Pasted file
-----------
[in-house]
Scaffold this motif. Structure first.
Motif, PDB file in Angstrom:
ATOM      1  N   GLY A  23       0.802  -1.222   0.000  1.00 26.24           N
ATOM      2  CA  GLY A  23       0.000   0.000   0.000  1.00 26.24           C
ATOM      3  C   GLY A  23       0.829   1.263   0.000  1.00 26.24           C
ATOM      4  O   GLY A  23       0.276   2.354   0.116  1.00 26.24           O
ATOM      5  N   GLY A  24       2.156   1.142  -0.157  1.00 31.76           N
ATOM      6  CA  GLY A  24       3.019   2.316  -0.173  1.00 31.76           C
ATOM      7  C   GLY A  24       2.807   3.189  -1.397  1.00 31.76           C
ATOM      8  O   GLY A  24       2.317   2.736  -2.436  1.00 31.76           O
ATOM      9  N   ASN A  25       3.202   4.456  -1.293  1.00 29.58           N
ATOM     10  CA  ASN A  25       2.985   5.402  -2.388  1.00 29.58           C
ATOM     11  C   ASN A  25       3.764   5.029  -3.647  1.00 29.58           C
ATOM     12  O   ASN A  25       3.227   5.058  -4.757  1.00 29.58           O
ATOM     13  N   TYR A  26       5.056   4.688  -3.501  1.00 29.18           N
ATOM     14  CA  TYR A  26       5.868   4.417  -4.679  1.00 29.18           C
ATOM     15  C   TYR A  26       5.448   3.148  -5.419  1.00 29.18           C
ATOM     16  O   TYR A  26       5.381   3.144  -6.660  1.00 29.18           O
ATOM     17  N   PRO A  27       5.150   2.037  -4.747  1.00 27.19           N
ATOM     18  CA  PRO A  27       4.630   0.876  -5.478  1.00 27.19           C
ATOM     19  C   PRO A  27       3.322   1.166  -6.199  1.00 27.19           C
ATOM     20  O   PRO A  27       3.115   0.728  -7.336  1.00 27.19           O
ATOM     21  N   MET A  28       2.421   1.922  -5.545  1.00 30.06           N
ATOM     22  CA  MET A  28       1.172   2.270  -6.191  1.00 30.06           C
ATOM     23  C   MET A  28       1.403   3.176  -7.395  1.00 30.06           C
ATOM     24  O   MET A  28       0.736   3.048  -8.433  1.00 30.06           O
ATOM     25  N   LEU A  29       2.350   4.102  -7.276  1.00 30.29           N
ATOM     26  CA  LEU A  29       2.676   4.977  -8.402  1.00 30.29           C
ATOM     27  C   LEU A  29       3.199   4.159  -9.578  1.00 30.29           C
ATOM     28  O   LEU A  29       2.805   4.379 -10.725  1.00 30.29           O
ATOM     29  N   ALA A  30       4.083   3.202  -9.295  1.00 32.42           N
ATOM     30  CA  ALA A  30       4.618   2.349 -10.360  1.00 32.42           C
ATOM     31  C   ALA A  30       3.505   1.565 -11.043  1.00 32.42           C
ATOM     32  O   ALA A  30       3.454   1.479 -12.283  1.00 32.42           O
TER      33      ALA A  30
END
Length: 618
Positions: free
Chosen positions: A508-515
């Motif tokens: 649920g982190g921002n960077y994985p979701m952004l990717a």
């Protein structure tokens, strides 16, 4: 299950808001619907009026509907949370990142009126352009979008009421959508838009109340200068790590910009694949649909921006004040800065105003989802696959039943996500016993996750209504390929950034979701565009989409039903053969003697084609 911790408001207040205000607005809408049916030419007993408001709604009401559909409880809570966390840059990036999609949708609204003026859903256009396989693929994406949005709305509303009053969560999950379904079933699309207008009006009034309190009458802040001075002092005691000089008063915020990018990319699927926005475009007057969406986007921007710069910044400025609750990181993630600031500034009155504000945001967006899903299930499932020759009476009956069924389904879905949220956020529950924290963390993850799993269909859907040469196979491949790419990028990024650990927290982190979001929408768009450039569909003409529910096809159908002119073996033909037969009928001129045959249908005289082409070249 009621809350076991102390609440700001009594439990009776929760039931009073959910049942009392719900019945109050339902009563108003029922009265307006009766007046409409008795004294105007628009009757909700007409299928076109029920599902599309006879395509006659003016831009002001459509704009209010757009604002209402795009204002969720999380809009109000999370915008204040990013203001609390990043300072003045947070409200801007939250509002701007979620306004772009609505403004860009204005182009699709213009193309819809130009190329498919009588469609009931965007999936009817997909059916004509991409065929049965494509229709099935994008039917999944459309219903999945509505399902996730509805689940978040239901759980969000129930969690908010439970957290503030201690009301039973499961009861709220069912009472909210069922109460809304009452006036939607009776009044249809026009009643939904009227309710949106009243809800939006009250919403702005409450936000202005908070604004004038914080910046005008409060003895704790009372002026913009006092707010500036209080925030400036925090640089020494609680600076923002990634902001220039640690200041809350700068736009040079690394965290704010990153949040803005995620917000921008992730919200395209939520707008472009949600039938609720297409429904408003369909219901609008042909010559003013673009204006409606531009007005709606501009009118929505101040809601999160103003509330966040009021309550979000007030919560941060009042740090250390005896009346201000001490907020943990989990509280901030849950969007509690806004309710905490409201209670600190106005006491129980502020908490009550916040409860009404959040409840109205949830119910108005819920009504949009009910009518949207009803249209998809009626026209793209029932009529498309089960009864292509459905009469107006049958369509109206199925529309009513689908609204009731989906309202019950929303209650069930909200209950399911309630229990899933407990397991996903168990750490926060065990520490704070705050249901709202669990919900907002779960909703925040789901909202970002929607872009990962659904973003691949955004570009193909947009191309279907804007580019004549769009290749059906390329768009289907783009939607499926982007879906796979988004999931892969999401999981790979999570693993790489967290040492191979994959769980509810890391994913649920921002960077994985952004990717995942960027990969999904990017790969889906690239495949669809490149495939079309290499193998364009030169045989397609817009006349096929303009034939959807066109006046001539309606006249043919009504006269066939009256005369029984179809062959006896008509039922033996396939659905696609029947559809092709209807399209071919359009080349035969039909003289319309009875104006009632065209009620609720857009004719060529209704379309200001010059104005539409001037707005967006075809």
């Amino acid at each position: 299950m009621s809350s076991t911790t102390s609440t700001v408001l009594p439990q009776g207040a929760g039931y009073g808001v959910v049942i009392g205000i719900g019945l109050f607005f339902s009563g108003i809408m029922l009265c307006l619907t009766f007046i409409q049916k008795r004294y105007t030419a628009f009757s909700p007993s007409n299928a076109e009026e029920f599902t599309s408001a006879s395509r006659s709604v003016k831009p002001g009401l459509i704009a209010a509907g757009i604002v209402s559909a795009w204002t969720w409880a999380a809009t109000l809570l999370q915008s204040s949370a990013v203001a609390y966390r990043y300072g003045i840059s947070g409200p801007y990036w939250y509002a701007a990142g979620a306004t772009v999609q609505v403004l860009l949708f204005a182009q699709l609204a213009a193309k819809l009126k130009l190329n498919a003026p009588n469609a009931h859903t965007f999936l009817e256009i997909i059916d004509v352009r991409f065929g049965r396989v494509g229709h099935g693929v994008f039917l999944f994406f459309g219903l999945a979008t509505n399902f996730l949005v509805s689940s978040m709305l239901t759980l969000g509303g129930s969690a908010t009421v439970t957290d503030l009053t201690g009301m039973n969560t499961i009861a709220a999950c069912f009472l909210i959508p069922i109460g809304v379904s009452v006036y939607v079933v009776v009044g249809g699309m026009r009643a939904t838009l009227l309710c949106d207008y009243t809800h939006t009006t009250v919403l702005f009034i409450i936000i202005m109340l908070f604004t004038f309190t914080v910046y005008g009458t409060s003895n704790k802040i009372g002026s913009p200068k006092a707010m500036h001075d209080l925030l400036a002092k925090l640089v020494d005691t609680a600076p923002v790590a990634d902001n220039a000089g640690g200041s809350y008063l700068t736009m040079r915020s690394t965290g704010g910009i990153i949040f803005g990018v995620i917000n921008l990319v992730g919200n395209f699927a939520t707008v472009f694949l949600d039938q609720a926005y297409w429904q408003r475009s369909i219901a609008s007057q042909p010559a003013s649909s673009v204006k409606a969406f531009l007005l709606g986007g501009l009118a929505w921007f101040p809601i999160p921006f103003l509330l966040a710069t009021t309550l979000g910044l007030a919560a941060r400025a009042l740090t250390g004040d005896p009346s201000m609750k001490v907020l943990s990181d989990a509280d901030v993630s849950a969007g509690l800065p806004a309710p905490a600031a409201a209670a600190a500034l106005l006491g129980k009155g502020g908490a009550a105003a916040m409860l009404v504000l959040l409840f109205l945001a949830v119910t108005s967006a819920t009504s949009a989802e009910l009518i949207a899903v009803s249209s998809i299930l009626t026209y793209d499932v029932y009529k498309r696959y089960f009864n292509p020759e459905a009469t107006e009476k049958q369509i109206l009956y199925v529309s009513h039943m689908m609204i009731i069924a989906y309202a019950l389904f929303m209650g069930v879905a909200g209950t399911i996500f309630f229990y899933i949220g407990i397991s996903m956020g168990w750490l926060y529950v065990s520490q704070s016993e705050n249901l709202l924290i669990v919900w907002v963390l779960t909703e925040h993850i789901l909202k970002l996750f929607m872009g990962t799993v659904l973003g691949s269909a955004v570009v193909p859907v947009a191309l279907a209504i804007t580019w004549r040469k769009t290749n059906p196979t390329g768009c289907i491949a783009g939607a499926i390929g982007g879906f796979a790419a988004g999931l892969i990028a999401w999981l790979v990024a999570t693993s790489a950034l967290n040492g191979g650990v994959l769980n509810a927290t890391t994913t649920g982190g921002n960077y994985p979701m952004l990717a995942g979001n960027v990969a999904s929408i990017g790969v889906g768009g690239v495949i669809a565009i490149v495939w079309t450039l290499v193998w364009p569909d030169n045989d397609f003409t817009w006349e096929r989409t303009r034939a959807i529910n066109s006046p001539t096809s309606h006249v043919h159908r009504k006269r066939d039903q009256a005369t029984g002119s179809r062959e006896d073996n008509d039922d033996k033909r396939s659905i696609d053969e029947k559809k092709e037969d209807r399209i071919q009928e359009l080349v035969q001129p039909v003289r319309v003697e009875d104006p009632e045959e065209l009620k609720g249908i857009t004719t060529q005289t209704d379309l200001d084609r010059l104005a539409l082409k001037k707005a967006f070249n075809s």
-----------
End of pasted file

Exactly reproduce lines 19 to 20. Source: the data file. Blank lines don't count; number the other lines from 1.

ATOM     16  O   TYR A  26       5.381   3.144  -6.660  1.00 29.18           O
ATOM     17  N   PRO A  27       5.150   2.037  -4.747  1.00 27.19           N